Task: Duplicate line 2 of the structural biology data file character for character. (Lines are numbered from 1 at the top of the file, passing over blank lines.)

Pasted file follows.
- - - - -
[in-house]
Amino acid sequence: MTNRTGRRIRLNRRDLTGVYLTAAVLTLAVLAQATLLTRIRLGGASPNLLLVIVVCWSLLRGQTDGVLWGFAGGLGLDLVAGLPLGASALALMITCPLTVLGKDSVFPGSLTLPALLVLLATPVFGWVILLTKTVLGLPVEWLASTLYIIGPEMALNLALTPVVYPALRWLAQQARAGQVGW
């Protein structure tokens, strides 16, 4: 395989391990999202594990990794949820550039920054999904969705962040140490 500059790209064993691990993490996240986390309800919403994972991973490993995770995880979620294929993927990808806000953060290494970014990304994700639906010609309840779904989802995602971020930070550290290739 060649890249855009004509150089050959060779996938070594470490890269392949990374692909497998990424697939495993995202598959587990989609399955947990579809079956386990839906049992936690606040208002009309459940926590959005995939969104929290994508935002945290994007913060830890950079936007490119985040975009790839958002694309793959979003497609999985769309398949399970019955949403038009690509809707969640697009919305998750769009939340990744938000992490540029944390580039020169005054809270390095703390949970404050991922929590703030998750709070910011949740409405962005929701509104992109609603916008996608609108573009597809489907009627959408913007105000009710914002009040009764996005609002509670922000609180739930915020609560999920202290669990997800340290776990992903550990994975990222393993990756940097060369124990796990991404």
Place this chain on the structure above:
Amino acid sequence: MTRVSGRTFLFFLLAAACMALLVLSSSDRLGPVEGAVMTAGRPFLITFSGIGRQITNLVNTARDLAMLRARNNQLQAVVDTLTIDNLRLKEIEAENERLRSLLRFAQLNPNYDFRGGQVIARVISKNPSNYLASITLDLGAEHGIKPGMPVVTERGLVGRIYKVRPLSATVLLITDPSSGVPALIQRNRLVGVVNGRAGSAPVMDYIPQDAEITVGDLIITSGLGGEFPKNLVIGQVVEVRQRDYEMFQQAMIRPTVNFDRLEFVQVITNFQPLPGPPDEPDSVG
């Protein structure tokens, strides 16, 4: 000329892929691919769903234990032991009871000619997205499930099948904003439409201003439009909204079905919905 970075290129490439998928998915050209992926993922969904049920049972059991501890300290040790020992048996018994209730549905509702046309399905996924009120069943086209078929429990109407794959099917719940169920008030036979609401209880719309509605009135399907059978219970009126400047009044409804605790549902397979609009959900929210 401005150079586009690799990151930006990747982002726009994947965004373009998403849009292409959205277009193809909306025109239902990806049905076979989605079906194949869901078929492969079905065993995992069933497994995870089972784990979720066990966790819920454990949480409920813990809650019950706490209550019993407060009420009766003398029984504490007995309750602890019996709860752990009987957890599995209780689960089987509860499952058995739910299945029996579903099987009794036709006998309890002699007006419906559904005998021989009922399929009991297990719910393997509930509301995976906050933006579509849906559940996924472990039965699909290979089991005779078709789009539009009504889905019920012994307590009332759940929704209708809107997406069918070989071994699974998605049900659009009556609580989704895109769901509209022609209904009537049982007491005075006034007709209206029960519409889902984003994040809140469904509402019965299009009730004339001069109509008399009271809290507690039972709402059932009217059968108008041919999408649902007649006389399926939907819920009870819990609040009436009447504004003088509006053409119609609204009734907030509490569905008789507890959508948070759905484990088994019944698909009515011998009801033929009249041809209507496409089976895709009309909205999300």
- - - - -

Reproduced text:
Amino acid sequence: MTNRTGRRIRLNRRDLTGVYLTAAVLTLAVLAQATLLTRIRLGGASPNLLLVIVVCWSLLRGQTDGVLWGFAGGLGLDLVAGLPLGASALALMITCPLTVLGKDSVFPGSLTLPALLVLLATPVFGWVILLTKTVLGLPVEWLASTLYIIGPEMALNLALTPVVYPALRWLAQQARAGQVGW